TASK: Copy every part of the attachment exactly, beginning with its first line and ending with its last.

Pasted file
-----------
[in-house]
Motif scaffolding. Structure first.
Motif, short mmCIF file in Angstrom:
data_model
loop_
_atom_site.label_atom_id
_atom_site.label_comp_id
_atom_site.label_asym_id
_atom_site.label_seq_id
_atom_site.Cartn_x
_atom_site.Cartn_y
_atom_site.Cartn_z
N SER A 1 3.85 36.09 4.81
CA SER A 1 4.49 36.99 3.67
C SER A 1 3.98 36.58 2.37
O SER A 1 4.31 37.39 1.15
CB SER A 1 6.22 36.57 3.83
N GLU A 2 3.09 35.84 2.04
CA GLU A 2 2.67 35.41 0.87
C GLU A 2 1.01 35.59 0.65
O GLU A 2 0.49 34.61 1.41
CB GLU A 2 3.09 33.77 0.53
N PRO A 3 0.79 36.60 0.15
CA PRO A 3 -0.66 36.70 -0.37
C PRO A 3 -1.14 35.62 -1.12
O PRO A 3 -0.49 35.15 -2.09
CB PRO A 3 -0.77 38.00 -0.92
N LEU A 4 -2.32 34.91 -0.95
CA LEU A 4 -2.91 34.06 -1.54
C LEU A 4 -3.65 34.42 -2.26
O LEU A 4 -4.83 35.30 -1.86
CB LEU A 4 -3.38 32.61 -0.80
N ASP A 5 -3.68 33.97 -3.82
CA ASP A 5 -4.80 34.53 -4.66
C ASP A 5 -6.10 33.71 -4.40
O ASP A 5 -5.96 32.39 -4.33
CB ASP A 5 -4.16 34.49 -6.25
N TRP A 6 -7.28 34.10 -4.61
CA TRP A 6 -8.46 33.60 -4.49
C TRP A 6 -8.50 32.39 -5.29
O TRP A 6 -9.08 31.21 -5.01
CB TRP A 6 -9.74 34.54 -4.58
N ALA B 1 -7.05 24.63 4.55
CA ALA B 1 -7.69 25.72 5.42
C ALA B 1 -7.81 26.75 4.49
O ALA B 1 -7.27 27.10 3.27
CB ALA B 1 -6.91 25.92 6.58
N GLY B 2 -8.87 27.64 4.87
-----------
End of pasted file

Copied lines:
[in-house]
Motif scaffolding. Structure first.
Motif, short mmCIF file in Angstrom:
data_model
loop_
_atom_site.label_atom_id
_atom_site.label_comp_id
_atom_site.label_asym_id
_atom_site.label_seq_id
_atom_site.Cartn_x
_atom_site.Cartn_y
_atom_site.Cartn_z
N SER A 1 3.85 36.09 4.81
CA SER A 1 4.49 36.99 3.67
C SER A 1 3.98 36.58 2.37
O SER A 1 4.31 37.39 1.15
CB SER A 1 6.22 36.57 3.83
N GLU A 2 3.09 35.84 2.04
CA GLU A 2 2.67 35.41 0.87
C GLU A 2 1.01 35.59 0.65
O GLU A 2 0.49 34.61 1.41
CB GLU A 2 3.09 33.77 0.53
N PRO A 3 0.79 36.60 0.15
CA PRO A 3 -0.66 36.70 -0.37
C PRO A 3 -1.14 35.62 -1.12
O PRO A 3 -0.49 35.15 -2.09
CB PRO A 3 -0.77 38.00 -0.92
N LEU A 4 -2.32 34.91 -0.95
CA LEU A 4 -2.91 34.06 -1.54
C LEU A 4 -3.65 34.42 -2.26
O LEU A 4 -4.83 35.30 -1.86
CB LEU A 4 -3.38 32.61 -0.80
N ASP A 5 -3.68 33.97 -3.82
CA ASP A 5 -4.80 34.53 -4.66
C ASP A 5 -6.10 33.71 -4.40
O ASP A 5 -5.96 32.39 -4.33
CB ASP A 5 -4.16 34.49 -6.25
N TRP A 6 -7.28 34.10 -4.61
CA TRP A 6 -8.46 33.60 -4.49
C TRP A 6 -8.50 32.39 -5.29
O TRP A 6 -9.08 31.21 -5.01
CB TRP A 6 -9.74 34.54 -4.58
N ALA B 1 -7.05 24.63 4.55
CA ALA B 1 -7.69 25.72 5.42
C ALA B 1 -7.81 26.75 4.49
O ALA B 1 -7.27 27.10 3.27
CB ALA B 1 -6.91 25.92 6.58
N GLY B 2 -8.87 27.64 4.87